Marine Biology

, Volume 133, Issue 4, pp 709–716

Sponge-inhabiting barnacles on Red Sea coral reefs

Authors

  • M. Ilan
    • Department of Zoology, Tel Aviv University, Tel Aviv 69978, Israel
  • Y. Loya
    • Department of Zoology, Tel Aviv University, Tel Aviv 69978, Israel
  • G. A. Kolbasov
    • Department of Invertebrate Zoology, The White Sea Biological Station, Biological Faculty of Moscow State University, Moscow, 119899, Russia
  • I. Brickner
    • Department of Zoology, Tel Aviv University, Tel Aviv 69978, Israel
Article

DOI: 10.1007/s002270050512

Cite this article as:
Ilan, M., Loya, Y., Kolbasov, G. et al. Marine Biology (1999) 133: 709. doi:10.1007/s002270050512

Abstract

In this study eight different species of barnacles were found within nine species of sponges from the Red Sea. This brings to 11 the number of sponge-symbiotic barnacles reported from the Red Sea, two of these are new Acasta species (not described herein) and one (A. tzetlini Kolbasov) is a new record for this sea. This number is much higher than that of symbiotic barnacles found within sponges from either the N. Atlantic (2) or the Mediterranean (4). Two possible explanations for this are the presence of numerous predators in coral reefs and scarcity of available substrate for settlement. These factors can lead to high incidence of symbiotic relationships. Of the nine sponge species, only one (Suberites cf. clavatus) had previously been known to contain barnacles. Even at the family level, this is the first record of symbiotic barnacles in two out of the seven sponge families (Latrunculiidae, Theonellidae). Our present findings strengthen the apparent rule that the wider the openings in a barnacle shell, the fewer the host taxa with which it will associate, usually from one or two closely related families, and the more frequent it will associate with elastic sponges. Most Neoacasta laevigata found on Carteriospongia foliascens were located on the same side as the sponge's ostia, i.e. facing the incoming water. This adaptation allows the barnacles to catch more suspended particles from the water, provides them with more oxygen and prevents their exposure to discharged sponge waste. The highest density of barnacles observed on one face of a “leaf ” (with ostia) was 0.389 barnacles cm−2 (one barnacle per 2.57 cm2) and on average 0.181 ± 0.68, while the average on the other side was only 0.068 ± 0.52 barnacles cm−2. As indicated by the Morisita index, these barnacles most frequently (58%, n = 12) had a clumped spatial distribution (while the rest were randomly distributed), as is to be expected from such sessile organisms with internal fertilization via copulation. The presence of N. laevigata induced the growth of secondary perpendicular projections of its host C. foliascens. Of the N. laevigata examined, 17% brooded 324 ± 41 embryos each, of 286 ± 17 μm total length; only 5.7% (n = 123) were found to be dead. Size distribution analysis of skeletal elements from dead barnacles showed them to be significantly larger than the skeletal elements of the population of live barnacles ( p < 0.05).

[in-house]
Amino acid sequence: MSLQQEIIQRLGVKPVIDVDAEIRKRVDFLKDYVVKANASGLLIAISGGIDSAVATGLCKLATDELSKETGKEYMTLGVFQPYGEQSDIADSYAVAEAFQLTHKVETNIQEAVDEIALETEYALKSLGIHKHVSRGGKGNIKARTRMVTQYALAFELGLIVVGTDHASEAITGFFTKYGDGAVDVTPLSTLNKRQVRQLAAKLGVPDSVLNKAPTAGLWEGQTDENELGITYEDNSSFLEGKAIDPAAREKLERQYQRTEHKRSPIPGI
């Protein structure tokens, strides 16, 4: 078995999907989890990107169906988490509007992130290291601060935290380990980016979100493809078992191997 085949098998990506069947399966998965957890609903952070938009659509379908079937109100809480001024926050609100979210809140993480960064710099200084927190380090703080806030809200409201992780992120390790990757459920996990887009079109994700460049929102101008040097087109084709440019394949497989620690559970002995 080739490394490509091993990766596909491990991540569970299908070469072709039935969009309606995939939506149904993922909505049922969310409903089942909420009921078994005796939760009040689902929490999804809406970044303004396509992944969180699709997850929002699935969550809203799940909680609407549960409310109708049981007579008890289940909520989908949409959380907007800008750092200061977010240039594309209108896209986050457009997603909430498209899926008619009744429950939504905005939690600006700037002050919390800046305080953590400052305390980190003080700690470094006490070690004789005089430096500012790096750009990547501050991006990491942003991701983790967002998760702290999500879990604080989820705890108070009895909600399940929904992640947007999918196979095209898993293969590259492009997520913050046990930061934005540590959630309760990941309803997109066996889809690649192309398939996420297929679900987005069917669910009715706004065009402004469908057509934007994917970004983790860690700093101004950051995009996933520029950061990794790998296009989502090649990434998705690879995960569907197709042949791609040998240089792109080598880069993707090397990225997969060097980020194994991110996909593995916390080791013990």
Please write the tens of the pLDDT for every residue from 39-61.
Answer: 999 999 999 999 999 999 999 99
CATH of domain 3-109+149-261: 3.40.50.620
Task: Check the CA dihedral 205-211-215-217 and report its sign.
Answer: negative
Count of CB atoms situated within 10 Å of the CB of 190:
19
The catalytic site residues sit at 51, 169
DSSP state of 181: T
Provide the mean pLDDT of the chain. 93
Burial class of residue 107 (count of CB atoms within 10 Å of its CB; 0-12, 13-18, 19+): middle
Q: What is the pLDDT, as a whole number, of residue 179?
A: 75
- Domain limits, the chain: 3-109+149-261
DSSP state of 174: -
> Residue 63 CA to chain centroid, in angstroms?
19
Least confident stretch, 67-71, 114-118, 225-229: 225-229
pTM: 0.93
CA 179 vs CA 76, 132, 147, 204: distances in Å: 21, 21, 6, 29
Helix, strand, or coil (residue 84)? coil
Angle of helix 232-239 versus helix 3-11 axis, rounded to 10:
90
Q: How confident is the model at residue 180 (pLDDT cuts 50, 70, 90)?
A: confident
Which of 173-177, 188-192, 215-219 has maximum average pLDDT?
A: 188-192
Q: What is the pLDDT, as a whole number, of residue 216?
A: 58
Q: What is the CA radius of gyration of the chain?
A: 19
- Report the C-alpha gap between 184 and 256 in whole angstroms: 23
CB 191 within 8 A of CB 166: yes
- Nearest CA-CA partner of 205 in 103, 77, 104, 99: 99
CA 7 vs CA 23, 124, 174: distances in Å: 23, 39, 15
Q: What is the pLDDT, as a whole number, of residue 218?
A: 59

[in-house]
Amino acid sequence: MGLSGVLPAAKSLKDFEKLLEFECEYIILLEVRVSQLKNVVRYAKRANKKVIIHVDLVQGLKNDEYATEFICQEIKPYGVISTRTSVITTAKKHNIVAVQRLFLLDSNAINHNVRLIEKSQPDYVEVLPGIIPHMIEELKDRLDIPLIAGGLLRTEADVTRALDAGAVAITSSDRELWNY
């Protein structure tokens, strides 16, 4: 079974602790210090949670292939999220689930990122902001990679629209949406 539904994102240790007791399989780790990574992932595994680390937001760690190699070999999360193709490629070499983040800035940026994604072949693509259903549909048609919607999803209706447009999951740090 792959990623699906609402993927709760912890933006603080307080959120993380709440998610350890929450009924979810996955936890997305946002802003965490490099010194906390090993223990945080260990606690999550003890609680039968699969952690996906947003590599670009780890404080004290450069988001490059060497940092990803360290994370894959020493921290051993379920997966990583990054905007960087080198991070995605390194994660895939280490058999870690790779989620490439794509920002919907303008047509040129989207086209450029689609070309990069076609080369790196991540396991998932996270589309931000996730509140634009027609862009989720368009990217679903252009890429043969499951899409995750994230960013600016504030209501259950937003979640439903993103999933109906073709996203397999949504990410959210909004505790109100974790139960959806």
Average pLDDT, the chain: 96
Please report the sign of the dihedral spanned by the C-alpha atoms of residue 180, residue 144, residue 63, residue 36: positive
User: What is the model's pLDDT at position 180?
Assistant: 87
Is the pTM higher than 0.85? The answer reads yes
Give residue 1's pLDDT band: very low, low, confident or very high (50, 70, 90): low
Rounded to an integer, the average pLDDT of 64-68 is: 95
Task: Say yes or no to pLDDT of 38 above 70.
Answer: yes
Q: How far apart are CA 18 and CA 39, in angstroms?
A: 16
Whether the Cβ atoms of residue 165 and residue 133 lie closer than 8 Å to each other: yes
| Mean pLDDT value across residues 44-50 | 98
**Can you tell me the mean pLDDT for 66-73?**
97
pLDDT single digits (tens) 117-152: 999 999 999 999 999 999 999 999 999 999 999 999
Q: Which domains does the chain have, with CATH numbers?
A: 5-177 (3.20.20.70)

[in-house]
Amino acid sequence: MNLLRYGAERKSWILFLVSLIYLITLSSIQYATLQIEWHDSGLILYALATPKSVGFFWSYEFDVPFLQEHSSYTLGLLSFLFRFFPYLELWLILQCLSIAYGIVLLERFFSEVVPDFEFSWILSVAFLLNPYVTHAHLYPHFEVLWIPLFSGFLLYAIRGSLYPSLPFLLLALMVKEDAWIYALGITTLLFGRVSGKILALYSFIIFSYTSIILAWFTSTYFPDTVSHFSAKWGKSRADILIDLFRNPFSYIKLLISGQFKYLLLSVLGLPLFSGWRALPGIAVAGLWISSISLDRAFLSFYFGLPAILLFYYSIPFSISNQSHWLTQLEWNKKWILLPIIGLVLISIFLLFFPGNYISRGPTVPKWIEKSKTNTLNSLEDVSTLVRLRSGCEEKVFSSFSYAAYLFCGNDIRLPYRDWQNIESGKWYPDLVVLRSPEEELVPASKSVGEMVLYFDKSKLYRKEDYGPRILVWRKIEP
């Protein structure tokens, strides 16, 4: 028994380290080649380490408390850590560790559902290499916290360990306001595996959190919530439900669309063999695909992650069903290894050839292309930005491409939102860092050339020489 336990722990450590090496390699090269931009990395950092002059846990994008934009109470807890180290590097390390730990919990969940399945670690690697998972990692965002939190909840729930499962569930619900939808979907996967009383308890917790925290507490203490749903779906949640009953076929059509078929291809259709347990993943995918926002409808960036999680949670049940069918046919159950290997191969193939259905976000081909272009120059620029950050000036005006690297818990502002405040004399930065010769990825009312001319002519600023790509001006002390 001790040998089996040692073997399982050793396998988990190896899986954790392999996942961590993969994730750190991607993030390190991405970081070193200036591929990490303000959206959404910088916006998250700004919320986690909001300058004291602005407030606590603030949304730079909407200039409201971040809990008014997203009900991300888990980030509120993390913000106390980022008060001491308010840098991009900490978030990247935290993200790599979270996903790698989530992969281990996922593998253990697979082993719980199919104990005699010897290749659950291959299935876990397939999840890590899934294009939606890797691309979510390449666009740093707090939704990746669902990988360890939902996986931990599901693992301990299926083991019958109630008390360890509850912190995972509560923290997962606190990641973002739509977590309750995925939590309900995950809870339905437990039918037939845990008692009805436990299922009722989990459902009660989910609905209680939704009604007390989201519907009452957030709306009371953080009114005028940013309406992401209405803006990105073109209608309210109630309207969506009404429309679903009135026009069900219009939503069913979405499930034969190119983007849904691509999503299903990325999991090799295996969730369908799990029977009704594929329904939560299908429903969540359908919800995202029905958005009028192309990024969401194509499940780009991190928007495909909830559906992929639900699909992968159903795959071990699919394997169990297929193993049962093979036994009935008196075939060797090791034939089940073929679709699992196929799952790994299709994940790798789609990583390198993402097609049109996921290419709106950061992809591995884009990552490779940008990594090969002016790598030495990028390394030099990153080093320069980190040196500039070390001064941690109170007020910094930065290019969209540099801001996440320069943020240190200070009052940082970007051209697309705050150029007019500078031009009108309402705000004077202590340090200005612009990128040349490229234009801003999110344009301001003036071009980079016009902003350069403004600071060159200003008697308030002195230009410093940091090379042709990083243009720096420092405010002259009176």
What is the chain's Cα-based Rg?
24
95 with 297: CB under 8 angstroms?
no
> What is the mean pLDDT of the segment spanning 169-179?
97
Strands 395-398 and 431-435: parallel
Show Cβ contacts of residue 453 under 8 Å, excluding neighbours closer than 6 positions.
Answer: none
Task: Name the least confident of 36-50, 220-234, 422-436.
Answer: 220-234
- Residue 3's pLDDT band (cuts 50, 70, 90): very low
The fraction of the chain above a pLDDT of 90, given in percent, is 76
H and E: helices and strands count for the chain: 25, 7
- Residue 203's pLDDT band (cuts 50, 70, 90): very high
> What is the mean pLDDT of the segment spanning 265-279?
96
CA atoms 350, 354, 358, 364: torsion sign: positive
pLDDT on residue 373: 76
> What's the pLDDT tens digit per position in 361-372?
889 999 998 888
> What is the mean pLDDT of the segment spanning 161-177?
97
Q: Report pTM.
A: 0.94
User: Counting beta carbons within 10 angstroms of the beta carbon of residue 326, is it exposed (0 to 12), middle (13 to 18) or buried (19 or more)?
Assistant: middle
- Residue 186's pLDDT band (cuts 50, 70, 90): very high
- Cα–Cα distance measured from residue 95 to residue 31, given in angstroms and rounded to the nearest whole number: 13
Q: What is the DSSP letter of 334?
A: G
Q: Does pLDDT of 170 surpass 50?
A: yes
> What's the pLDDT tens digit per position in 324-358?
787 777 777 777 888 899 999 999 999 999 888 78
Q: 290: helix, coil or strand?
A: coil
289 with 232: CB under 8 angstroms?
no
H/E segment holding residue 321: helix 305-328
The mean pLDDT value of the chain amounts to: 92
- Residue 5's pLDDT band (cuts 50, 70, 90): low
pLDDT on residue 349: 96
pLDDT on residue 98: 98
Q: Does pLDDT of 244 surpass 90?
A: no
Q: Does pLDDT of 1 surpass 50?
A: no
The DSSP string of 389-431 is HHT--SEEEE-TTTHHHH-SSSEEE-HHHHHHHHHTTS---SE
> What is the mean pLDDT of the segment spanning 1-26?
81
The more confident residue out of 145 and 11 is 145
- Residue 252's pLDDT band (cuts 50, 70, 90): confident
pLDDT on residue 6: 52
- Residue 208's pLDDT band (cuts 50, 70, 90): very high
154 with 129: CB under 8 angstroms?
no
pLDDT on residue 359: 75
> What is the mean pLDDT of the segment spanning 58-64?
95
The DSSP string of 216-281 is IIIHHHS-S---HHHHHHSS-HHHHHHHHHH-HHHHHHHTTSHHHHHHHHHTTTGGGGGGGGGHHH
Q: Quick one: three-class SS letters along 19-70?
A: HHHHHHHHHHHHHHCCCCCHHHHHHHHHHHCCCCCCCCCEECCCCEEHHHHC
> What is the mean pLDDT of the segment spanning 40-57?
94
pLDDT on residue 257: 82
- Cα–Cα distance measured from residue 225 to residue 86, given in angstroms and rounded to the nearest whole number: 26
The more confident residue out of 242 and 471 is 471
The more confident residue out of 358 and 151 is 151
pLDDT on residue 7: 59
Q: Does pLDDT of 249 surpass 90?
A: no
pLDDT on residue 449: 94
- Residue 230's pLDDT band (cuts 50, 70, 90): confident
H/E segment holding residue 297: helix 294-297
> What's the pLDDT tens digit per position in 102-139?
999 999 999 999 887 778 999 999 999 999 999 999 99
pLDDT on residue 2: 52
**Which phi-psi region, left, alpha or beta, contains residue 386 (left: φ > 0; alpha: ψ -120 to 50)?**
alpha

Copyright information

© Springer-Verlag Berlin Heidelberg 1999